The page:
22. 22. Attention Deficit Hyperactivity Disorder Adaptations Be careful not to assume that every active child has ADD or ADHD Some teachers have had unrealistic expectations for children’s behavior and doctors have over- prescribed medicines Provide a clear structure for a child with ADHD Simplify physical environment and reduce visual stimulation Define child’s work or play area
  23. 23. ADHD Adaptations Position yourself nearby for assistance and encouragement Make picture charts showing sequence of daily routines Warn children of changes in schedule State your expectations for behavior clearly Acknowledge constructive and appropriate conduct
  24. 24. Students with Serious Emotional Disturbance Tend to be more aggressive, unhappy, anxious, or withdrawn Unusual behaviors – rocking, self- mutilation, running with arms flapping, extreme fearfulness, withdrawal or loss of self control Document your observations Consults with a mental health professional
  25. 25. Abused or Neglected Children Children who have been abused or neglected may have some or all of the following characteristics: Be overly compliant and passive or show extreme avoidance of confrontation with children and adults Be extremely demanding, aggressive, and filled with rage Be prematurely competent; for example, they may prepare meals, take the bus alone, or care for younger siblings when it is neither developmentally nor culturally appropriate to do so Be extremely dependent Be developmentally delayed or regressed with infantile behavior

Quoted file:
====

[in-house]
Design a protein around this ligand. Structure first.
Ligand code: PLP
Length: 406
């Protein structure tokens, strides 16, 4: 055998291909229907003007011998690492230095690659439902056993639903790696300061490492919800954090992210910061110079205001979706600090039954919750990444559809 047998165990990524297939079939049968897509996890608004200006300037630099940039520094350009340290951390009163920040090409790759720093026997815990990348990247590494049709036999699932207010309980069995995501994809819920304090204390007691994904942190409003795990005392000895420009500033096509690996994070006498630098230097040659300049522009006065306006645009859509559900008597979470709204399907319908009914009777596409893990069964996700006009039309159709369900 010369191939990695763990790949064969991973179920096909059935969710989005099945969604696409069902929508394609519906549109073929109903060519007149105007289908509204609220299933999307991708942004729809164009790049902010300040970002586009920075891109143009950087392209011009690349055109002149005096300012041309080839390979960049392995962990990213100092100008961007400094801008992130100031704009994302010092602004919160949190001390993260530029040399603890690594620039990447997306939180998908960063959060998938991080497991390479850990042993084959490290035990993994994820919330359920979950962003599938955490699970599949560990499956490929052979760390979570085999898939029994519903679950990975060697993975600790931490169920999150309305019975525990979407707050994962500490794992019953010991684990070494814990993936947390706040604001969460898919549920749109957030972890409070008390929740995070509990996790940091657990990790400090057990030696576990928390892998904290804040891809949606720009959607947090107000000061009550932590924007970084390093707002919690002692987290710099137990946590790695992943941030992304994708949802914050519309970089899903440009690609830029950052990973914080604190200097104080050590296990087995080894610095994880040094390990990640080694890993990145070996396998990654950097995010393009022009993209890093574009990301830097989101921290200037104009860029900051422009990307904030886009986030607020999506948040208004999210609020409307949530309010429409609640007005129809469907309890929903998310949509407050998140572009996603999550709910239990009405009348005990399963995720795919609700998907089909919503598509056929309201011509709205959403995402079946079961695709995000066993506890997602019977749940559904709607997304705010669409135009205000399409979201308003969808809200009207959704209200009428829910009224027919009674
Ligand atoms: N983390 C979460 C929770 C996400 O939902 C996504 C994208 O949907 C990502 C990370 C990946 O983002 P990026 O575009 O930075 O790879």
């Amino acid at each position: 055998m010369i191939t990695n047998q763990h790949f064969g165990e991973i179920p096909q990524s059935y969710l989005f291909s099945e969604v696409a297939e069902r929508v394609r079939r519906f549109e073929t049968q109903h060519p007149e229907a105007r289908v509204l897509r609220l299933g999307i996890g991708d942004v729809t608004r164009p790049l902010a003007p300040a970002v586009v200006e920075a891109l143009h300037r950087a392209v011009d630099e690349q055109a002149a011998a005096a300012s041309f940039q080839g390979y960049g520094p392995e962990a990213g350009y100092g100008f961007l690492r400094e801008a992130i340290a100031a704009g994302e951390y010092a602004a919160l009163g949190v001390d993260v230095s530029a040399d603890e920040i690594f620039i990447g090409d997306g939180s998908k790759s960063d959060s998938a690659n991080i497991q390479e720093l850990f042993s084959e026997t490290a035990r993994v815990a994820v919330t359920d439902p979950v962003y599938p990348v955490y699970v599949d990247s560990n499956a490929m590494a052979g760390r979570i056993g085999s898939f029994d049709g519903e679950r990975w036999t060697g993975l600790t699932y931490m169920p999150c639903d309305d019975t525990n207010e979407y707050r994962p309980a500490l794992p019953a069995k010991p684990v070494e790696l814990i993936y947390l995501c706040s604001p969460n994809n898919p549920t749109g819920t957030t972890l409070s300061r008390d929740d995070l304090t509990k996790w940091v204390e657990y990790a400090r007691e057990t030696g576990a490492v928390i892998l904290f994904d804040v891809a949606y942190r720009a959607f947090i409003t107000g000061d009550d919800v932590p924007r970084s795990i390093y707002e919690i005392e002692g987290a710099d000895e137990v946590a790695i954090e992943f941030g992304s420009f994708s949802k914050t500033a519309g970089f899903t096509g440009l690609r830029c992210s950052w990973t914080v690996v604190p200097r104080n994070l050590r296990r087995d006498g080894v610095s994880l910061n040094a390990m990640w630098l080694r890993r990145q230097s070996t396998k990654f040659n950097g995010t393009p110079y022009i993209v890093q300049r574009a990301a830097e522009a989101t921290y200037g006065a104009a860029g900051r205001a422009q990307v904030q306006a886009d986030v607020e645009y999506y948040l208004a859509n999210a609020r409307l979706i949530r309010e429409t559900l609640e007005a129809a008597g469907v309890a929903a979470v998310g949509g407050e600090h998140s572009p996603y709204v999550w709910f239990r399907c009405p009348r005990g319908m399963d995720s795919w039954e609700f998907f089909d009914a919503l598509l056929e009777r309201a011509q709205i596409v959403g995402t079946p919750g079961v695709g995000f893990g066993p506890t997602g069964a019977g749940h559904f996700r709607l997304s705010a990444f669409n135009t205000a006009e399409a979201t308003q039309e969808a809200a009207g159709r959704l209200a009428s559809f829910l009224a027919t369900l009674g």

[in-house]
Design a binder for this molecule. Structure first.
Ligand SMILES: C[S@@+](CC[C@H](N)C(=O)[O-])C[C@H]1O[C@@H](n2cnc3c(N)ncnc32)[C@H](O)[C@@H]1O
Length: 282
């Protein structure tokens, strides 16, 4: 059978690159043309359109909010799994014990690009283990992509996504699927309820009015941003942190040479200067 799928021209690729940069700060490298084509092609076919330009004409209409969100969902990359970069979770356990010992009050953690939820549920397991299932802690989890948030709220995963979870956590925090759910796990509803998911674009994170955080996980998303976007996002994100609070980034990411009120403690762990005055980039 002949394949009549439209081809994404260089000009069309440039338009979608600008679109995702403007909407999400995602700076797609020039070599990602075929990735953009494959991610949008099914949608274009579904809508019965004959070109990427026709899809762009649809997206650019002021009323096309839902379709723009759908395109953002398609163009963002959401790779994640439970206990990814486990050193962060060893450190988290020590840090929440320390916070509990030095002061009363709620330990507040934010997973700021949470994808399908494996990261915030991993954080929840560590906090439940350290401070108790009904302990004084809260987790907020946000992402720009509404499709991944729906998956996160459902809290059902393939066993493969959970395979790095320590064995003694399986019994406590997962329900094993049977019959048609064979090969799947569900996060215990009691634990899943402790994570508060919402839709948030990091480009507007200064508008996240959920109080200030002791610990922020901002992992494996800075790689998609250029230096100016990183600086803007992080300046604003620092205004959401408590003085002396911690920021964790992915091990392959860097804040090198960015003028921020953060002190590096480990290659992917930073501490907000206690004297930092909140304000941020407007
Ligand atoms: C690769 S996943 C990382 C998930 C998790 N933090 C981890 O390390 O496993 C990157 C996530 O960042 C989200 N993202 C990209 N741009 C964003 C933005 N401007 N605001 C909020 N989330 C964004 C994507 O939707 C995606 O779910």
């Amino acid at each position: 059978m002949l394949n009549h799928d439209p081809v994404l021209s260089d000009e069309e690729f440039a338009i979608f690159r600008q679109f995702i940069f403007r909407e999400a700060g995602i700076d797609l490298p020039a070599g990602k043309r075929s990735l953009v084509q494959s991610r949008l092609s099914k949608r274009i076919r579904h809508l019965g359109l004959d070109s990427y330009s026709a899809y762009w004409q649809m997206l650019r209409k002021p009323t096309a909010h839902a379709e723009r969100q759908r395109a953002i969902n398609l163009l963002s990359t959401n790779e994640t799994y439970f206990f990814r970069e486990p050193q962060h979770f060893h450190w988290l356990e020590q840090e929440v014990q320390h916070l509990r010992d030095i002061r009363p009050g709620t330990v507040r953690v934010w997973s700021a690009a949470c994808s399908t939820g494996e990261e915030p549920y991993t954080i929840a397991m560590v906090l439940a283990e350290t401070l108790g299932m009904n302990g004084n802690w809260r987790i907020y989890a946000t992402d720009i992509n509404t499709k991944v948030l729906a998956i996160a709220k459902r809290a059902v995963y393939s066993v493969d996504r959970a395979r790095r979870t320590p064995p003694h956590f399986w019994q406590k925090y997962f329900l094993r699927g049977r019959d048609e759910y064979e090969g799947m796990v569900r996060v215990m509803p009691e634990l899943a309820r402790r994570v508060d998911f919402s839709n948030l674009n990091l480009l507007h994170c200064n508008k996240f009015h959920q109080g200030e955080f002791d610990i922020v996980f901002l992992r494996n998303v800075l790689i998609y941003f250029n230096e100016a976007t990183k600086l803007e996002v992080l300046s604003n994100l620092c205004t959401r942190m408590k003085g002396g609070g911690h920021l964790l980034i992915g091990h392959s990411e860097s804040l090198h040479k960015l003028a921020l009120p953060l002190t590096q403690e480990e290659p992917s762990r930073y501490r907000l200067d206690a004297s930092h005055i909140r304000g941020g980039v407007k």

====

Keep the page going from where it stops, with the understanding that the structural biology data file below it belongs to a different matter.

26. 26. Gifted Children Children who are gifted may have some or all of the following characteristics: Exhibit intense curiosity ask many questions conduct investigations into how things work Develop passionate interest in a particular topic (or topics) Have advanced reasoning ability or demonstrate the capacity for abstract thinking and the use of symbol systems at an early age Be highly independent in thought and behavior
  27. 27. Gifted Children Continued Be unusually perceptive and aware of people and things in their environment Have extraordinary memories Show great persistence in self-chosen tasks Motivated to pursue an interest and accomplish a goal at a self-determined high standard Have advanced language ability with an unusually large and sophisticated vocabulary the ability to use and appreciate verbal humor
  28. 28. Gifted Children Adaptations Make observations and discuss with family Provide opportunities for child to pursue interests Provide open-ended learning materials for self-directed involvement Find out what child really wants to know and find materials to support his/her interest Find materials designed for older children May need less structure than most children Allow for large blocks of time for exploration Allow child to concentrate and work in depth Be available as a resource